Bear Valley Village
Bear Valley Village is a year-round mountain resort community shaped by the early Native Americans who called it home followed by pioneers and immigrants as early as the 1820s seeking gold, mountain men and trappers, and skiers enjoying Mount Reba and the back-country of the Sierra Nevada mountains. Bear Valley Village honors its past with a robust mountain culture that permeates the quaint village.
Located in central Northern California, the village is conveniently accessible via the all-weather historic Ebbetts Pass National Scenic Byway (Highway 4) corridor. Bear Valley Village is home to a variety of services, shops, restaurants and a wide range of accommodations. Surrounded by two of California's largest federally designated wilderness areas and the Stanislaus National Forest, outdoor activities in Bear Valley are abundant. Winters provide skiing, snowboarding, cross-country skiing, sledding, snowshoeing and snowmobiling. Hiking, fishing, cycling, rock climbing, kayaking, camping and a variety of cultural events make for perfect summer companion activities.
Rest your pioneer spirit and replenish with dinner at the Creekside Dining Room. Next day, take in the views from the Bear Valley Mountain Resort, of which any time of year are absolutely breathtaking - picture perfect. From the southern lot, travelers can view the Dardanelle Range with its signature "sleeping lion" and "elephant" outcroppings. A short drive to the end of the resort brings you to the spectacular Mokelumne Peak and canyon. You won't want to lean over too far!
The huge bedrock mortars, once used by the California Native Americans to grind acorns, rest on each side of the colorful history of Bear Valley. There are tales of notable personalities like Jedediah Smith, who appeared in the area as early as 1827 on a return trip to the Great Salt Lake. Major John Ebbetts, the man after whom the pass was named, recommended this region for Trans-Sierra railroad and is credited for the original route that is now Highway 4.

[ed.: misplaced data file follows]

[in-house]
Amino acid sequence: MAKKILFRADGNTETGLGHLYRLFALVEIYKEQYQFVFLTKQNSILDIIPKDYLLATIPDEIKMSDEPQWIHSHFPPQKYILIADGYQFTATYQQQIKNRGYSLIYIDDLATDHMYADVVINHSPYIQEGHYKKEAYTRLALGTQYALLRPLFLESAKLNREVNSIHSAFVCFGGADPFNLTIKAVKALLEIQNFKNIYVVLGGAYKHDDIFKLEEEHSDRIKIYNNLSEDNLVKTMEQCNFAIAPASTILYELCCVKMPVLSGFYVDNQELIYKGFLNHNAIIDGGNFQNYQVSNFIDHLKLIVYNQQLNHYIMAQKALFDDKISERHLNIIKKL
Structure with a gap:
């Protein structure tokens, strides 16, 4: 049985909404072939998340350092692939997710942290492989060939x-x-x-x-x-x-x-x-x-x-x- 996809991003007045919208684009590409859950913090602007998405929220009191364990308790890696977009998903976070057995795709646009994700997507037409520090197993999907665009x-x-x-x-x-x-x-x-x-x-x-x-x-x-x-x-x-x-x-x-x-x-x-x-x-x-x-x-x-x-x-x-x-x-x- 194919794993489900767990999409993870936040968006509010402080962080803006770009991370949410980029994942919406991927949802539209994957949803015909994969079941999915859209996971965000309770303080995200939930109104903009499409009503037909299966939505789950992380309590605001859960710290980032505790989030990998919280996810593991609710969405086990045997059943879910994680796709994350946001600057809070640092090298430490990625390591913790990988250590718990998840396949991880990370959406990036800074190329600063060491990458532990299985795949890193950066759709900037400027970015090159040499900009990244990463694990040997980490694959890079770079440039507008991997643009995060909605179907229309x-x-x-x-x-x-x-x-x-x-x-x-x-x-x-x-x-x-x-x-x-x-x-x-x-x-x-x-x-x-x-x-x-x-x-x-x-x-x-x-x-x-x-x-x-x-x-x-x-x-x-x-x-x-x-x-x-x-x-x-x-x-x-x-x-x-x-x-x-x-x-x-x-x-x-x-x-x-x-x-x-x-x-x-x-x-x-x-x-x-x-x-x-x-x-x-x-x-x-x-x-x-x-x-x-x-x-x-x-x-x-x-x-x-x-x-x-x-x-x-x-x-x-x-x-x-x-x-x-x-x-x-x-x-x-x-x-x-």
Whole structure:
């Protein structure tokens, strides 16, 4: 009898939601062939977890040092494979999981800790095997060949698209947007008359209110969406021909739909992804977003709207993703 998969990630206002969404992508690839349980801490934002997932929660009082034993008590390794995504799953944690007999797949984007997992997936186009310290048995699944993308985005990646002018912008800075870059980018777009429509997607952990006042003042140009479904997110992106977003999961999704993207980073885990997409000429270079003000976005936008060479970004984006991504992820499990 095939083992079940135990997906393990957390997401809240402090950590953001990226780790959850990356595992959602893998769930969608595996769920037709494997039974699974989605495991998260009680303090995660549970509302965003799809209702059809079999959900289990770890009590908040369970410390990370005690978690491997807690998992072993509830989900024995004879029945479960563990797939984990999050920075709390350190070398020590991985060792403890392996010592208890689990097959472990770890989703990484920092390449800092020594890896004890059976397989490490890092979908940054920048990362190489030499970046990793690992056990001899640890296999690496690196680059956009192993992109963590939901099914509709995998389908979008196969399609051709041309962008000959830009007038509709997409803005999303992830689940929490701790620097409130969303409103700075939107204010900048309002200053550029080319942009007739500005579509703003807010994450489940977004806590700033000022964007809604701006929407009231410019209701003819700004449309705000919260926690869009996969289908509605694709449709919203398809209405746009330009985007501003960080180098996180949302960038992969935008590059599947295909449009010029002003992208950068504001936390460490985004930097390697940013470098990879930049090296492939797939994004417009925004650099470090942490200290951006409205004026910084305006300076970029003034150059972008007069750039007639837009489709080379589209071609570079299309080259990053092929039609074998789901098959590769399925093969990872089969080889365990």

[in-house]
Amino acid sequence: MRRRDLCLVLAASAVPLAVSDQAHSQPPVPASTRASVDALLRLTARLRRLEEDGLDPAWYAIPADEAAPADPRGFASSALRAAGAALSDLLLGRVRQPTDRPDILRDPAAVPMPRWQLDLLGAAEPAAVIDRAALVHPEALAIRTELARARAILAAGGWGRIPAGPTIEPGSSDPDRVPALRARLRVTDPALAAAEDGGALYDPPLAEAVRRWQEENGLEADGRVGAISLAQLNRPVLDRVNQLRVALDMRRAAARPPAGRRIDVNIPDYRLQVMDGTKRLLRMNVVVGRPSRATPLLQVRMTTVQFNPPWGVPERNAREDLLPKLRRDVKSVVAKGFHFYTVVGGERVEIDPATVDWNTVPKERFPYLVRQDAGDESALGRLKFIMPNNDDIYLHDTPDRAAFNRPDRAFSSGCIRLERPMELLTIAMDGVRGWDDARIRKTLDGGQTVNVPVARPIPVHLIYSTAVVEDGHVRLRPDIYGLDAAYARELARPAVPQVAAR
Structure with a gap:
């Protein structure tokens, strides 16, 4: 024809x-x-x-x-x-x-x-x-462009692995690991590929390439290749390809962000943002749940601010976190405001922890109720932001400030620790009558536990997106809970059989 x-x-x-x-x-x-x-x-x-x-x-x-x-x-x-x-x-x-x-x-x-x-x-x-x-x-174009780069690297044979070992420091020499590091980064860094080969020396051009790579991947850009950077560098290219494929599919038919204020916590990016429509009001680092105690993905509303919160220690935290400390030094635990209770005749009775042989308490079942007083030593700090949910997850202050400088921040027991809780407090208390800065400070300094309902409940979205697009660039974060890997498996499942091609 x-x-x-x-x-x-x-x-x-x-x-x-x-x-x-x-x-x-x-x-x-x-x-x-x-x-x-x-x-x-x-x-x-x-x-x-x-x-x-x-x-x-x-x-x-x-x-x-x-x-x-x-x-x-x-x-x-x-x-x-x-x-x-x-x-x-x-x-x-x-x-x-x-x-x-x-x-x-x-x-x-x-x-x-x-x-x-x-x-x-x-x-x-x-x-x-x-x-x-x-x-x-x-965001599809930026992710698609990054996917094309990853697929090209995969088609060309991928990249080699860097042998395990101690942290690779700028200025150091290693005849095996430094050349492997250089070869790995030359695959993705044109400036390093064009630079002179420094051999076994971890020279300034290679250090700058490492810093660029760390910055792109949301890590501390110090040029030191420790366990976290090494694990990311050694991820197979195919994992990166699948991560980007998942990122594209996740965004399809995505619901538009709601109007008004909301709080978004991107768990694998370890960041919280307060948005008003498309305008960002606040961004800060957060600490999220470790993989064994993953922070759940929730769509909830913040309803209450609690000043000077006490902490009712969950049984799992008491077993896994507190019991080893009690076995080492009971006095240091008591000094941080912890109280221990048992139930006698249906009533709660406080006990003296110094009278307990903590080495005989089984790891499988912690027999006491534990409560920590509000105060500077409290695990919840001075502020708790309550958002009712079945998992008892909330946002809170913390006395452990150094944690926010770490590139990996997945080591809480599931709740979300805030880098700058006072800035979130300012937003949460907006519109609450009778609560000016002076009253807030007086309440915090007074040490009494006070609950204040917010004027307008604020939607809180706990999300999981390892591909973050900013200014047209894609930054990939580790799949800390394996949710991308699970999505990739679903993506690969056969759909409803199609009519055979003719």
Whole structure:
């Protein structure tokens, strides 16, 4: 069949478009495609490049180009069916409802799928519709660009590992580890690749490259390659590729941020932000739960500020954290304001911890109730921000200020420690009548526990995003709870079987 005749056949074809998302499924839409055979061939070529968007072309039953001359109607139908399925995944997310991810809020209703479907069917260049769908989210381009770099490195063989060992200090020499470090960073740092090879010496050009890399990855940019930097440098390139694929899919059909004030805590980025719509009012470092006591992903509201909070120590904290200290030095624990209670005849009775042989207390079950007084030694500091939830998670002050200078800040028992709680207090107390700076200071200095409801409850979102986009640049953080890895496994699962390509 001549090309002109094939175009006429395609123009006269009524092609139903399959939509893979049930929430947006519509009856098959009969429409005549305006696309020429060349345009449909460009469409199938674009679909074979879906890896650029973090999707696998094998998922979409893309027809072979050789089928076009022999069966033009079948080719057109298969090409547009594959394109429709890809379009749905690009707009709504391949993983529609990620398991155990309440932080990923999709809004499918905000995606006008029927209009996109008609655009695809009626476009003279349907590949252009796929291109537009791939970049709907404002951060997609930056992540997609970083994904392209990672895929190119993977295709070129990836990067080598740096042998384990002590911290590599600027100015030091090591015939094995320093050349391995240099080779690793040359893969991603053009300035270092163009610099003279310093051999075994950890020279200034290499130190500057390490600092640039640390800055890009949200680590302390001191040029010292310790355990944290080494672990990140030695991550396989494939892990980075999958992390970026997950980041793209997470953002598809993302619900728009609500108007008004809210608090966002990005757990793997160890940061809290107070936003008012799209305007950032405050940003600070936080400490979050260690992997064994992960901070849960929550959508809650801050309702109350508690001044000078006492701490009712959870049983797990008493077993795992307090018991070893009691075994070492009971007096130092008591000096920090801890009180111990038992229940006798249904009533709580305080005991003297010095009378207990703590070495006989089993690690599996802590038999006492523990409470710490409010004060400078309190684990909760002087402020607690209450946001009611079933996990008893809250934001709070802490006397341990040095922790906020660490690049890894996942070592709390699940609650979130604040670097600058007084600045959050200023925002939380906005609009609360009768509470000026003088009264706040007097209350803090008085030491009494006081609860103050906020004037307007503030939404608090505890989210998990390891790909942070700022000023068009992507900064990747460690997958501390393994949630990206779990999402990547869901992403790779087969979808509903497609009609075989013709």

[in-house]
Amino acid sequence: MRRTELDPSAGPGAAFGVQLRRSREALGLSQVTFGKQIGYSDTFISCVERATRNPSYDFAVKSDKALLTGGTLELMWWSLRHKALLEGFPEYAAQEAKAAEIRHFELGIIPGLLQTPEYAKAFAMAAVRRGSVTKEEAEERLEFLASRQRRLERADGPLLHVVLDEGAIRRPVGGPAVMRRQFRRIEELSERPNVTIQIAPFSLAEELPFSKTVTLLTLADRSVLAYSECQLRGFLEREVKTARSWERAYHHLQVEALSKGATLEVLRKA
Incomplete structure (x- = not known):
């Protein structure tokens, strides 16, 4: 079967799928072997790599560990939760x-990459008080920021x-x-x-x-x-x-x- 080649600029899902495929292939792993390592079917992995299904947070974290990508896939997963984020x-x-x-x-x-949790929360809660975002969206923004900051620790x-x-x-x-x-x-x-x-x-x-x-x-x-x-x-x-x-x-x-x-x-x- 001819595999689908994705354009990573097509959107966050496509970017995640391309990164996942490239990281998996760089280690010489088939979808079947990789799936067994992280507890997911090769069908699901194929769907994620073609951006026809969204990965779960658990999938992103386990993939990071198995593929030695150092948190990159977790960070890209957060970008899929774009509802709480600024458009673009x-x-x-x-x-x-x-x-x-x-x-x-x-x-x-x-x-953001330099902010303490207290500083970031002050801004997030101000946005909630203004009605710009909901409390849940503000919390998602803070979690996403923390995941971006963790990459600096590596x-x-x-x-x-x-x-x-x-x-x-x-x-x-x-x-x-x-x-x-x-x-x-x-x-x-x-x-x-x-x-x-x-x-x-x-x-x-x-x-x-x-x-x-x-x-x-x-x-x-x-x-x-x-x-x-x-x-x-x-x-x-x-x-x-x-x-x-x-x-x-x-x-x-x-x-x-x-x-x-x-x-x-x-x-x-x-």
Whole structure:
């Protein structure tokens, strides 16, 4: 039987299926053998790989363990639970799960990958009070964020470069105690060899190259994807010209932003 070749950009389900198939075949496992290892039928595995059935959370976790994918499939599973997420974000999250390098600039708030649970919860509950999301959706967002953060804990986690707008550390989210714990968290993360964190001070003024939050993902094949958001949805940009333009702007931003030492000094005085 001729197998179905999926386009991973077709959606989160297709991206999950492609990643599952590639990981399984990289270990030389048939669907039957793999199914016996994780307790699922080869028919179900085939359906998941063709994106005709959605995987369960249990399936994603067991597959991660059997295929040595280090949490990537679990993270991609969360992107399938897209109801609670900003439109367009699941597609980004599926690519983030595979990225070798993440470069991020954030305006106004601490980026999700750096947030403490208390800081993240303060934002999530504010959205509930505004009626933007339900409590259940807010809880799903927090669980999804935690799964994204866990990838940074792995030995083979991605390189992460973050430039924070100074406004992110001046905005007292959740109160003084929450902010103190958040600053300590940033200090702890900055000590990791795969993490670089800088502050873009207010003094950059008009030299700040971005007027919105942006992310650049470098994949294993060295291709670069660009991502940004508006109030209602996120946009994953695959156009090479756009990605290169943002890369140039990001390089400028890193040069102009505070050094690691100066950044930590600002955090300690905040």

Early Bear Valley Summer Vacationers - 1890
When Harvey Blood arrived in "Grizzly Bear Valley" gold seekers and immigrants had already passed through while crossing the Sierras. During the 1860s, Harvey Blood and Jonathan Curtis arranged an agreement with the Big Trees ~ Carson Valley Turnpike Co. to finish the route over Ebbett's Pass, to maintain and repair the road, plus collect assessed tolls for wagons and livestock.
A Car Rally at the Blood's Toll Station - 1920
Blood's Toll Station & Hotel were built on the present Bear Valley Meadow site and were run by his wife, daughter Reba and the family Chinese cook. Legend has it that the red-haired Reba would "borrow" freshly baked pies cooling on the windowsill to take to the survey men working on Ebbetts Pass. In appreciation, the men named a prominent mountain after Reba. The Bloods ran the toll station until 1887 when their contract expired.
A Young Reba Blood
The toll road then became a public thoroughfare in 1910 and was incorporated into the State Highway System called "Alpine Highways".
The Bear Valley area was also home to many mountain men and trappers. One who attained notoriety was Monte Wolfe. Actually an ex-con named Archey Wright, Monte trapped the present Mokelumne Wilderness Area for pelts which he sold in Stockton and San Francisco. This end of an era mountain man disappeared mysteriously without a trace. One of his early log cabins is still standing several miles from Bear Valley village, a tribute to a mountain man's life.
Local Trapper and Mountain Man Monte Wolfe
During the winter months in the early 1930's, U.S. Forest Service Ranger, Harry Schimke, began to ski from Camp Connell and Tamarack to Bear Valley and points beyond to measure snow depths and for personal recreation. Harry was instrumental in the development of Mt. Reba Ski Resort three decades later.
In 1952, Bruce and Jim Orvis, and their father William purchased Blood's Meadow (the present Bear Valley Meadow) from Bishop Land and Mining Co. The fourth generation San Joaquin Valley ranchers brought their cattle to Bear Valley to graze in the meadow during the summer. It was Bruce's inspiration and efforts that began the initial development of Bear Valley Village and the Bear Valley Lodge. Maury Rasmussen, who owned a local logging and mill operation collaborated in the development and opening of Mt. Reba Ski Resort in 1967, now referred to as Bear Valley Mountain Resort.